A coronial inquiry's heard that a mental health patient who died of suspected suicide while in a secure unit had a history of self-harm and suicide attempts.
The Coroner in Wellington is looking into the death of Samuel Fischer, who was 34-years old when he died by suspected suicide in April 2015, while he was a patient in a secure mental health unit.
Mr Fischer had an extensive mental health history dating back to 1995, with major bipolar affective disorder complicated by cannabis and alcohol abuse.
Detective Sergeant Terence Fraser told the inquest the police had recorded seven incidents where Mr Fischer had self-harmed or attempted suicide since 2000.
On the morning of his final attempt in the secure unit, DS Fraser said Mr Fischer had repeatedly banged his head against the bathroom wall, damaging it.
He said staff assessed him, and they noted Mr Fischer had said he was tired of it all and wanted it to be over.
Once his mood appeared to have improved later in the day, Mr Fischer told a nurse observing him that he wanted quiet time to play the guitar.
That nurse left his room around 5.20pm and said they would be back in an hour, the officer said.
Mr Fischer was aware he had a 40-minute window in which he would be unobserved, the officer said.
Mr Fischer was unresponsive and had no pulse by the time he was next observed around 6pm, the officer said, and he died three days later in intensive care in Wellington Hospital.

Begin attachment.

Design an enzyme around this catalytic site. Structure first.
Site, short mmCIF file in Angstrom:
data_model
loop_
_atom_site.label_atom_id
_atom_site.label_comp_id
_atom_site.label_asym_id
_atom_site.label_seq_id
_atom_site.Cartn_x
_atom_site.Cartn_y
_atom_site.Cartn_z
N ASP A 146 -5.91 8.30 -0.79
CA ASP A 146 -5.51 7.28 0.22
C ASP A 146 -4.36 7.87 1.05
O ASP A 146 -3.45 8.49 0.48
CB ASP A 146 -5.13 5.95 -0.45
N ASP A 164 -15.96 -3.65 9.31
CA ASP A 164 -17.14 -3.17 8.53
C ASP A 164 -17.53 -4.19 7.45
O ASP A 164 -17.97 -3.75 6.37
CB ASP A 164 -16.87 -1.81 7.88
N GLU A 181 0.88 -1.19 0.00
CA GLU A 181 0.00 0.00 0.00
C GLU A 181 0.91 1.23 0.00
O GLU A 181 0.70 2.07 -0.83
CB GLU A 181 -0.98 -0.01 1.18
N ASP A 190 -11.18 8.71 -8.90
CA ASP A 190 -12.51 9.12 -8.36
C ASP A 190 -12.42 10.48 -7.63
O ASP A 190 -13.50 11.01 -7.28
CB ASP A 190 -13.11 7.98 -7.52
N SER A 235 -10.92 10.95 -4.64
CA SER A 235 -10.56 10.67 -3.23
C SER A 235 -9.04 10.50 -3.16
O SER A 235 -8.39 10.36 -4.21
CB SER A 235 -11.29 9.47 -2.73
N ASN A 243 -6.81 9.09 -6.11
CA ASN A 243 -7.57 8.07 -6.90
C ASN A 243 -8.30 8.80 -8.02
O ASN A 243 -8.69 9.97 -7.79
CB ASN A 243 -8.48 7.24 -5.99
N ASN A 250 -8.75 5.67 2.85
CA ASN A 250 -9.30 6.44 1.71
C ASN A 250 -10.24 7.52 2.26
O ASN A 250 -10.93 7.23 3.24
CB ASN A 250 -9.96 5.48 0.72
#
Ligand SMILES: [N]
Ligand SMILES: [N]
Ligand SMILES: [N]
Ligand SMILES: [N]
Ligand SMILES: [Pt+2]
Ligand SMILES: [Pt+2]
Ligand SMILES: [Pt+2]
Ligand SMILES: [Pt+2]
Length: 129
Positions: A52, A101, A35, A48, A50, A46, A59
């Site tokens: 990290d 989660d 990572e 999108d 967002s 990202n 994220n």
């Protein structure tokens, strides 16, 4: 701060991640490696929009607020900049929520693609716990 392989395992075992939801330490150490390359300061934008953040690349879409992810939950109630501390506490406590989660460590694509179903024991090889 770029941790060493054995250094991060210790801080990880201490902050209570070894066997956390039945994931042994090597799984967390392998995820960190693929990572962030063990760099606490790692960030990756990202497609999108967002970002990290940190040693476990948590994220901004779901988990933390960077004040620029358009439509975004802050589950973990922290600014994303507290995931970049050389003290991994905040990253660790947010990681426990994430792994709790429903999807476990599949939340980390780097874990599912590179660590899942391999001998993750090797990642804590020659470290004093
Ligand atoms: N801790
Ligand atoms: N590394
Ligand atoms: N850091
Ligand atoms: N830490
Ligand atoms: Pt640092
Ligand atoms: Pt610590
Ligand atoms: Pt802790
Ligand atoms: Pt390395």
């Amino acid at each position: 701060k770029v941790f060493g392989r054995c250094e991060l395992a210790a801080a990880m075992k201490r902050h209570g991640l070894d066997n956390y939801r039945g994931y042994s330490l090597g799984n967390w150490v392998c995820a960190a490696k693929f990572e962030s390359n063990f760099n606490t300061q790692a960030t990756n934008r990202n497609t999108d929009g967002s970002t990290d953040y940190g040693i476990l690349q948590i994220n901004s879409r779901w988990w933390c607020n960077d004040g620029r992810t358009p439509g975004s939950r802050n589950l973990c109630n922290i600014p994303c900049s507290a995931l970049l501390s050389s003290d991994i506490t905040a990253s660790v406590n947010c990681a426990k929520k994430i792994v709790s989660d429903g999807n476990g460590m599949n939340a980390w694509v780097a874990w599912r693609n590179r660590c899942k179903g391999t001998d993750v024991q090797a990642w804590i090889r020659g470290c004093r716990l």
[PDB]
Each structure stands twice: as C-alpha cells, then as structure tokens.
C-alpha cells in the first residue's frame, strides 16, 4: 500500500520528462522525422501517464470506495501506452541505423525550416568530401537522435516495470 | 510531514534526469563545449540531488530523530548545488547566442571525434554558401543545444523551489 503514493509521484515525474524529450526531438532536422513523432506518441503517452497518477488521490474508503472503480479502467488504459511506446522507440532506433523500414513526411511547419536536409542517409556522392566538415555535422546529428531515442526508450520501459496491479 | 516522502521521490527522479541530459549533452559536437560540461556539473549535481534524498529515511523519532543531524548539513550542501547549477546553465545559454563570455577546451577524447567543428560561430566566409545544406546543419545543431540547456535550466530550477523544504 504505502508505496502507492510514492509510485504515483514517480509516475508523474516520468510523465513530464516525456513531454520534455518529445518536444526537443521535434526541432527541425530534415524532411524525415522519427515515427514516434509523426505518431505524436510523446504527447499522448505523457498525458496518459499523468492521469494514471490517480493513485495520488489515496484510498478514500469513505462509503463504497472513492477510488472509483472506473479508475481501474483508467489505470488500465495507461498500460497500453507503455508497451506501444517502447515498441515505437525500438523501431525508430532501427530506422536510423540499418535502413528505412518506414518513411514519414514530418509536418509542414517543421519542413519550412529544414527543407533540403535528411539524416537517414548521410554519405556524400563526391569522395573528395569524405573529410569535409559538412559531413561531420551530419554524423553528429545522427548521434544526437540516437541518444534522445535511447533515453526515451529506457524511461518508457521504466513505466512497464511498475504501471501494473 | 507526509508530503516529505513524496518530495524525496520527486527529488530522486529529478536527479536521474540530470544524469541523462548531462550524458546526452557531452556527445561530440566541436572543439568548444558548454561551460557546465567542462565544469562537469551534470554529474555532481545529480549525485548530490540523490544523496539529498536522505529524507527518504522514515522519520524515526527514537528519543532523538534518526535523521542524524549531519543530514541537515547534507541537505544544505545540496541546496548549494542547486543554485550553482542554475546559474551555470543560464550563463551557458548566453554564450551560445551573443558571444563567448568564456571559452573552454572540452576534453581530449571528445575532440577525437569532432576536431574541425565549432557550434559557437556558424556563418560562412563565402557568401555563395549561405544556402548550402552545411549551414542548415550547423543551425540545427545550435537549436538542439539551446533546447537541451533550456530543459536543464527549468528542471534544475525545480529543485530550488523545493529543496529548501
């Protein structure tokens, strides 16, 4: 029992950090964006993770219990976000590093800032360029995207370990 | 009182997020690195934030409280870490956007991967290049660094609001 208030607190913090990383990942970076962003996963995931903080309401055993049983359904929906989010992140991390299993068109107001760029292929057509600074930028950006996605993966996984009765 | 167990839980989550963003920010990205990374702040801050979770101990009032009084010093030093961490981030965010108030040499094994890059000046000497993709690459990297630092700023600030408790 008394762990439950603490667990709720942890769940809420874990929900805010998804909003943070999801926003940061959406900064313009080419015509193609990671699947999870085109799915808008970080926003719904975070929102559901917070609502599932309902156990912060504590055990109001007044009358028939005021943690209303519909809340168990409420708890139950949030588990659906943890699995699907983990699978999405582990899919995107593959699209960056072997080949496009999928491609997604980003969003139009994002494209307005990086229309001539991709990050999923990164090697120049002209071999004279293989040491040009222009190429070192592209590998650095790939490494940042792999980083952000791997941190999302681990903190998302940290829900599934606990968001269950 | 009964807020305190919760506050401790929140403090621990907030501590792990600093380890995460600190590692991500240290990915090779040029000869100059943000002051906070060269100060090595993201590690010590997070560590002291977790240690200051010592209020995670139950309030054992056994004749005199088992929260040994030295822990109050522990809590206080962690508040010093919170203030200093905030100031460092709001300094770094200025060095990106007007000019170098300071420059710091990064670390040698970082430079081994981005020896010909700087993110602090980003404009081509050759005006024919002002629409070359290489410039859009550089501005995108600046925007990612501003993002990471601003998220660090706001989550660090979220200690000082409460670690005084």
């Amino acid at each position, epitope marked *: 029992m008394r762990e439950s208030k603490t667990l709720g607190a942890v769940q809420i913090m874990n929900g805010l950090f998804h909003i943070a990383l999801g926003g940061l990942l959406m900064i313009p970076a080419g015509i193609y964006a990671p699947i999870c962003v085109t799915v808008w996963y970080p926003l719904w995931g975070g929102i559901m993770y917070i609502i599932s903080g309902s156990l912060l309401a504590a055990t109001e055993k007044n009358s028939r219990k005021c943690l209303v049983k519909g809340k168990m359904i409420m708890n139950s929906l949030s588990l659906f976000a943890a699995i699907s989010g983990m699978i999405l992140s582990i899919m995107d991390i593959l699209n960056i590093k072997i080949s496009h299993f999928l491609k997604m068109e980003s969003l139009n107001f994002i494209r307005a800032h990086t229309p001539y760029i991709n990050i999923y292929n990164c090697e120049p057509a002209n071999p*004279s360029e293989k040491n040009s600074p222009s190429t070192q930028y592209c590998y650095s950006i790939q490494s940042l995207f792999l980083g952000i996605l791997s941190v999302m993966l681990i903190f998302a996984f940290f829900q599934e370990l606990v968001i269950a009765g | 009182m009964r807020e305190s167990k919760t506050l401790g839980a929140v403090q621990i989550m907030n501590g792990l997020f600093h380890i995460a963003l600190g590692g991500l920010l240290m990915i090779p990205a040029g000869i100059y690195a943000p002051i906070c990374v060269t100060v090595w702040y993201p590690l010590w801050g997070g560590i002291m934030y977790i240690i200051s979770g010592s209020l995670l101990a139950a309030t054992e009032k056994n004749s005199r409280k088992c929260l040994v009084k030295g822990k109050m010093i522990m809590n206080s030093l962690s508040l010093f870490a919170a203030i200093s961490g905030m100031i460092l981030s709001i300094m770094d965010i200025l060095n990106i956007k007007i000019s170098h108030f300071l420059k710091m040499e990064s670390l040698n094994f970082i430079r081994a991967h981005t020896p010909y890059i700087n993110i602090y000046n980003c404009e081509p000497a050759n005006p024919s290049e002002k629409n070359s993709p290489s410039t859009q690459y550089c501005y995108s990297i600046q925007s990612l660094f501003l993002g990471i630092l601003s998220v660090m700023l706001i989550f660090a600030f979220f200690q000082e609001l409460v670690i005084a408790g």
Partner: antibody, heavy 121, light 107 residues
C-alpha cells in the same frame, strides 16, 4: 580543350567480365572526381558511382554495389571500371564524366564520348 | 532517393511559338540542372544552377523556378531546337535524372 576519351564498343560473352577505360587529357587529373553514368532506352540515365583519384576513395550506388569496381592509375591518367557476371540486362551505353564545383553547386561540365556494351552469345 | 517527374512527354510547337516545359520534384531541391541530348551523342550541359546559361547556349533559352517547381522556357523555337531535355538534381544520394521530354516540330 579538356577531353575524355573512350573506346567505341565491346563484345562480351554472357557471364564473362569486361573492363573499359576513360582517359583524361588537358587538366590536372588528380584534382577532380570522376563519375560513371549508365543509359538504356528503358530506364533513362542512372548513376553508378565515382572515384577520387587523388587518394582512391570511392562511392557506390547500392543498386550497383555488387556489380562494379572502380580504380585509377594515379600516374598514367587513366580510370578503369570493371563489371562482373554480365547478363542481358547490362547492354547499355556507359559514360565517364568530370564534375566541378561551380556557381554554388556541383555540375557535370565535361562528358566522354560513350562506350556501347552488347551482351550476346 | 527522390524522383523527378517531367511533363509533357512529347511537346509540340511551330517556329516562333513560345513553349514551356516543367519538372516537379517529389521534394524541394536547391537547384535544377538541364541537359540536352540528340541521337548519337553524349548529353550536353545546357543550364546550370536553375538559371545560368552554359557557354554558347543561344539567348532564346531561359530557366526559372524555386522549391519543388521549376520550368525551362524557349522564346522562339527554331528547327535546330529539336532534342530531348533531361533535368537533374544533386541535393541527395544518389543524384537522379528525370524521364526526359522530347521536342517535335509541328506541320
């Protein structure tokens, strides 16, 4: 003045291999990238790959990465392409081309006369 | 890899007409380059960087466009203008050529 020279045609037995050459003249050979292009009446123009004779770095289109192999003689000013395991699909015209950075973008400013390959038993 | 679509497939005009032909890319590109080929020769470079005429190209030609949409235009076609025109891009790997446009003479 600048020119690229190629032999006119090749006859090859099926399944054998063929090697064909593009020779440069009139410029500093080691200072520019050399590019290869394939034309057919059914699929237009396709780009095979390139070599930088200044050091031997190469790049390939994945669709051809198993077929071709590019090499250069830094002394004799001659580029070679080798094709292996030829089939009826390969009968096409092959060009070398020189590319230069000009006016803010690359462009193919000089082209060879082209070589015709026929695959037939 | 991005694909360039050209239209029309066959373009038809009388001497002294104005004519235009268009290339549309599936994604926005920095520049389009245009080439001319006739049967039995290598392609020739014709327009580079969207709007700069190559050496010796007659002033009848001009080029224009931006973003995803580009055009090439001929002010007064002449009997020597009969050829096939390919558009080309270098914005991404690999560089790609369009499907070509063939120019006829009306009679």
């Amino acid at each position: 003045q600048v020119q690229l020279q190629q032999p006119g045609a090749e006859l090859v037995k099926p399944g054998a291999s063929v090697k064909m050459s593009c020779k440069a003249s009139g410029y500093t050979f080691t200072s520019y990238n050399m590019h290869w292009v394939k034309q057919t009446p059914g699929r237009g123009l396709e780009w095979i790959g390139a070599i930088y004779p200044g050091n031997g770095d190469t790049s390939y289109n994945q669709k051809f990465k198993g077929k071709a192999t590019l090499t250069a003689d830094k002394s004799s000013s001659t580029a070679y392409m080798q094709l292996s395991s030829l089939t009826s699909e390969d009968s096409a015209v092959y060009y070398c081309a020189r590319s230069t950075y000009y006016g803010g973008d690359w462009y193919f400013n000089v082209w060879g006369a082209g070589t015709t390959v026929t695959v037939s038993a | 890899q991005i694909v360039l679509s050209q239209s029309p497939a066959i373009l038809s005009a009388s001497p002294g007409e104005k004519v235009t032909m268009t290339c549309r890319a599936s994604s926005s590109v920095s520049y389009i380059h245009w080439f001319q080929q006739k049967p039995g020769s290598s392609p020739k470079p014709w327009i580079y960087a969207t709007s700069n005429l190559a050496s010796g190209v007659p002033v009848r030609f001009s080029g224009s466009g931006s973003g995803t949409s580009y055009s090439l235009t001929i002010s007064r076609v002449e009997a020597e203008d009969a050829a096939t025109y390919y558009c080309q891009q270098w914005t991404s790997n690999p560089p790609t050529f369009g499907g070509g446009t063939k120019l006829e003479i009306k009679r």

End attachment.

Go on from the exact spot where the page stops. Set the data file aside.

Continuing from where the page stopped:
DS Fraser said there was no evidence of any other person being involved in the death, or of Mr Fischer having taken any other drugs than those he had been prescribed.
The mental health unit, Te Whare o Matairangi, conceded its documentation on Mr Fischer was not up to scratch.
A doctor in the unit told the inquest there was no clear risk management plan, or clinical treatment plan, for Mr Fischer easily or readily available in one document.
She accepted that may have made it harder for nurses - who decide how often a patient should be observed - to look after Mr Fischer.
She said if Mr Fischer were observed more frequently, or "if seen for any reason in the 30-40 minutes [he was alone], the outcome could have been very different".
However, she disagreed that the absence of such a plan stopped nurses from being able to make an overall judgment on the situation; and said she disputed whether that was even a contributory factor.
She acknowledge the distress Mr Fischer's family had experienced, saying it was a terrible event to lose an adult child to suicide especially when he was an inpatient in a mental health unit.
However, she also said Mr Fischer's mother, Lyn Copland, and advocate Jak Wild placed the "most extraordinary demands" she had experienced in 10 years in her role.
The inquest heard that at times, Ms Copland's visits to her son were restricted and that he felt increasingly trapped in the facility throughout his 10 weeks there.
Ms Copland's lawyer Letizea Ord asked why Mr Fischer - a capable musician - could only use therapeutic facilities such as the music room once a week, the doctor agreed that was frustrating but resources were tight.
The doctor said it was important patients could access those spaces, but mental health facilities throughout the country faced constraints and had to prioritise their resources.
The inquest heard that Mr Fischer's mental health was taking a long time to stabilise.
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